Trump promised to pass the biggest tax cut in history; dramatically increase military and border-control spending; preserve Medicare and Social Security at their current benefit levels; and balance the federal budget. It is not mathematically possible to do all of these things. Nor is it politically tenable to cut taxes on the rich, while simultaneously passing entitlement reforms and spending cuts Draconian enough to balance the budget within a decade.

The GOP leadership’s nominal solution includes pretending that the American economy will grow by an average of 2.6 percent per year over the next decade (even though most economists think we’d be lucky to get 2 percent). That, along with various other sleights of hand and half-measures, would be enough to balance Uncle Sam’s books, they unconvincingly claim.

The second huge problem

The proposed cuts — including $200 billion to mandatory programs and a whopping 24 percent to domestic discretionary spending — would likely increase America’s (already exceptionally high) rates of child poverty and hunger, threaten Medicare benefits jealously guarded by the GOP base, and jeopardize the federal bureaucracy’s capacity to perform its most basic functions. Intuitively, the issue here would seem to be getting Republican moderates to sign on. (And that will be difficult.) But that’s only half the issue: The leadership’s proposed cuts are quite small, relative to the ones House conservatives are demanding. Which is to say: Ryan’s caucus is split by irreconcilable goals. The conflict can’t be solved by compromise, only by one side’s surrender.

The third huge problem

For some in the GOP, increasing spending on conservative priorities is more important than reducing funding for liberal ones. President Trump is desperate to build his border wall (and his much-touted Mexican financing appears to have fallen through). The House’s defense hawks want to add a few new wings to the military-industrial complex. But Senate Democrats can — and will — filibuster wall funding. And if Republicans insist on domestic spending cuts, then Chuck Schumer & Co. will block the defense appropriations, too: The 2011 Budget Control Act puts a hard cap on annual military spending, one that the GOP can’t lift without Democratic votes.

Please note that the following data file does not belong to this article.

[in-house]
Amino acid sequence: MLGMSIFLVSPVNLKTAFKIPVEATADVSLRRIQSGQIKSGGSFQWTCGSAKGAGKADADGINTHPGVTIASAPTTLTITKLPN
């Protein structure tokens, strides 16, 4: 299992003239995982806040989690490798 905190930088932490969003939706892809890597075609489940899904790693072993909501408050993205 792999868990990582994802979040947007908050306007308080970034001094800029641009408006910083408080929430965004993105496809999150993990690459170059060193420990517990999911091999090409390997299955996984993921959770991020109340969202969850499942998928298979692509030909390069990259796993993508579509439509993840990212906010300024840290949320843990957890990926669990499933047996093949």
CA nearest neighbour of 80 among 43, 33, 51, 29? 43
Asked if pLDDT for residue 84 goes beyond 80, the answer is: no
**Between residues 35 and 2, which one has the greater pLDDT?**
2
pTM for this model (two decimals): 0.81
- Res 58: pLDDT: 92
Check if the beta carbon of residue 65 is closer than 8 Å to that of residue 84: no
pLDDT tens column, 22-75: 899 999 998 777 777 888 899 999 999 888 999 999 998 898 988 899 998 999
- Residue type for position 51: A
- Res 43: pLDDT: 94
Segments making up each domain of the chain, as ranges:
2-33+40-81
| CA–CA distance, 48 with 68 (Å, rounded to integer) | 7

The president is now threatening to veto any spending bill that doesn’t fund his wall, out of the (bizarre) belief that fear of government shutdown will convince Democrats to do his bidding. But political dysfunction hurts the party in power far more than the opposition. Trump’s threats won’t get his wall built — but they could encourage the House’s far-right fanatics to continue holding the federal government hostage to their untenable demands.

Key movers

Diane Black
Chair of the House Budget Committee, she’s taken a lead role in the deliberations thus far, and helped craft the preliminary “compromise” budget (decried by conservatives and moderates alike). Black recently announced that she will run for governor of Tennessee in 2018, an ambition that may make her even more reluctant to embrace the Freedom Caucus’s unpopular plans for Medicaid and Medicare.

Mark Meadows
Chair of the Freedom Caucus, Meadows has warned the GOP leadership that he and his fellow conservatives won’t vote for any debt-ceiling bill that doesn’t include large spending cuts or deregulatory measures — provisions that are certain to doom the legislation in the Senate. He has also said that they will need to see larger spending cuts — and more details on the party’s tax-reform plan — before agreeing to back any budget.